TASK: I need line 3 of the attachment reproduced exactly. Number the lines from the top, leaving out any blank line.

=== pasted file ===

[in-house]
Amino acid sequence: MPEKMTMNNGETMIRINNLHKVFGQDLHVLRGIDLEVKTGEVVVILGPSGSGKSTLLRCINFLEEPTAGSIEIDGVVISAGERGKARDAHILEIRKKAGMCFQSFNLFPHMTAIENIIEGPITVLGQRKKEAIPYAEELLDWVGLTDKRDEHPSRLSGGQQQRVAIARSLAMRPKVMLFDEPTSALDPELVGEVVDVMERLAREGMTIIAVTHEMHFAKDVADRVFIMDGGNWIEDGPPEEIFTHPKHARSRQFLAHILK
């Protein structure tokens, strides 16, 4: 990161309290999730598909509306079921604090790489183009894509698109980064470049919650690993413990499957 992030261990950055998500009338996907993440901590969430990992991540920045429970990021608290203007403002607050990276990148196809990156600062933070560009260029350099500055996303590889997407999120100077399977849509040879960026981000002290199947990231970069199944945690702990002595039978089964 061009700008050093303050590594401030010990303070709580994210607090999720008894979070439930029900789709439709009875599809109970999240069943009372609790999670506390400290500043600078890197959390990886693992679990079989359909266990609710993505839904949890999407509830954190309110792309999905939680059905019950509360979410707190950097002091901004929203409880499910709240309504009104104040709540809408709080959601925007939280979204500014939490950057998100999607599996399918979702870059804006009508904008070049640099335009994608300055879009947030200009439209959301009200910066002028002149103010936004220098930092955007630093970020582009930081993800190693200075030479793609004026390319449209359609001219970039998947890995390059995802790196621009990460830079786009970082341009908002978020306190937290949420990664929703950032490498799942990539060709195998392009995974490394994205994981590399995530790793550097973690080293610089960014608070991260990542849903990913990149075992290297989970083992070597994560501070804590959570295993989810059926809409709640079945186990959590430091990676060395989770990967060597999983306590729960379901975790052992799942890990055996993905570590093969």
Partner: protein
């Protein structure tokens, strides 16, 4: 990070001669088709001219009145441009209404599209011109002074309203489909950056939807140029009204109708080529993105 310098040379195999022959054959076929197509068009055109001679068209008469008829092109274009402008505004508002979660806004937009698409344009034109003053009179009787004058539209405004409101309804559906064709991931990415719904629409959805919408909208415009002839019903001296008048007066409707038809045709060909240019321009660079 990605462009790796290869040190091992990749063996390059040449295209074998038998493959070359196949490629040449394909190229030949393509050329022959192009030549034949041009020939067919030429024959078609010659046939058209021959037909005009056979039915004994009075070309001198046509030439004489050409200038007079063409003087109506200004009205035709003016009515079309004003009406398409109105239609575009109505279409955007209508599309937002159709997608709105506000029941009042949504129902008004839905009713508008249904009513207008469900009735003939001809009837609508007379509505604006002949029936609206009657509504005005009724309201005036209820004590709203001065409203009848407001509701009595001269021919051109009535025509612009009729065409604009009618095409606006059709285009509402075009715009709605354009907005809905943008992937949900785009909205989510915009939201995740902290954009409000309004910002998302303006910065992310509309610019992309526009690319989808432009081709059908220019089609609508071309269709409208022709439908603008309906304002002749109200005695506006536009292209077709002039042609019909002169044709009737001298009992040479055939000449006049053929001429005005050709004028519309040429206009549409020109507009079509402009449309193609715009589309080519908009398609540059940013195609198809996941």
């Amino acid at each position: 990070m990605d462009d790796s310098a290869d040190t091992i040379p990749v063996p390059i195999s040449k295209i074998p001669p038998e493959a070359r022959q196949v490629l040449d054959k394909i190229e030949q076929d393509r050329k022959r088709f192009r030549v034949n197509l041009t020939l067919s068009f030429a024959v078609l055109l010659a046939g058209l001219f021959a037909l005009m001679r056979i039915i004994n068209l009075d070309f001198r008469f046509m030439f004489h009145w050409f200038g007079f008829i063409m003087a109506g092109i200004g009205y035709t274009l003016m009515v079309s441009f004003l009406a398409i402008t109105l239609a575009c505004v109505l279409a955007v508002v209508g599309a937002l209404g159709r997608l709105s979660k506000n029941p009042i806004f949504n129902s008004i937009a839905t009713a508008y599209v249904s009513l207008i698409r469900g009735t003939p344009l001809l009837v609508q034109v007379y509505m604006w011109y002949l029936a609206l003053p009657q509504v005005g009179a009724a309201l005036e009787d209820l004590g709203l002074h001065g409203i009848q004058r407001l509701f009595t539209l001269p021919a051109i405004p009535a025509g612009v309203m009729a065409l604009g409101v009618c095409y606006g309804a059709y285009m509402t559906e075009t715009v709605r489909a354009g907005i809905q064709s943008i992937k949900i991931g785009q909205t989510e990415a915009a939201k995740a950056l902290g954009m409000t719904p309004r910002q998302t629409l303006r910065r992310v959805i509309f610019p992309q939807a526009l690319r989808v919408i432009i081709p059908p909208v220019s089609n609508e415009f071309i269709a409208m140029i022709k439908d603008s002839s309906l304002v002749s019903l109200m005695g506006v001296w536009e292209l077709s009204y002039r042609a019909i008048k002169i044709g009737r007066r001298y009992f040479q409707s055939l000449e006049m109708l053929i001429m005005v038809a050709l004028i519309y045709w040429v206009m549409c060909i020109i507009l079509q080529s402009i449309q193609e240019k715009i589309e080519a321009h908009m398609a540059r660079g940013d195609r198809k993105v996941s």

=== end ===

């Protein structure tokens, strides 16, 4: 990161309290999730598909509306079921604090790489183009894509698109980064470049919650690993413990499957 992030261990950055998500009338996907993440901590969430990992991540920045429970990021608290203007403002607050990276990148196809990156600062933070560009260029350099500055996303590889997407999120100077399977849509040879960026981000002290199947990231970069199944945690702990002595039978089964 061009700008050093303050590594401030010990303070709580994210607090999720008894979070439930029900789709439709009875599809109970999240069943009372609790999670506390400290500043600078890197959390990886693992679990079989359909266990609710993505839904949890999407509830954190309110792309999905939680059905019950509360979410707190950097002091901004929203409880499910709240309504009104104040709540809408709080959601925007939280979204500014939490950057998100999607599996399918979702870059804006009508904008070049640099335009994608300055879009947030200009439209959301009200910066002028002149103010936004220098930092955007630093970020582009930081993800190693200075030479793609004026390319449209359609001219970039998947890995390059995802790196621009990460830079786009970082341009908002978020306190937290949420990664929703950032490498799942990539060709195998392009995974490394994205994981590399995530790793550097973690080293610089960014608070991260990542849903990913990149075992290297989970083992070597994560501070804590959570295993989810059926809409709640079945186990959590430091990676060395989770990967060597999983306590729960379901975790052992799942890990055996993905570590093969």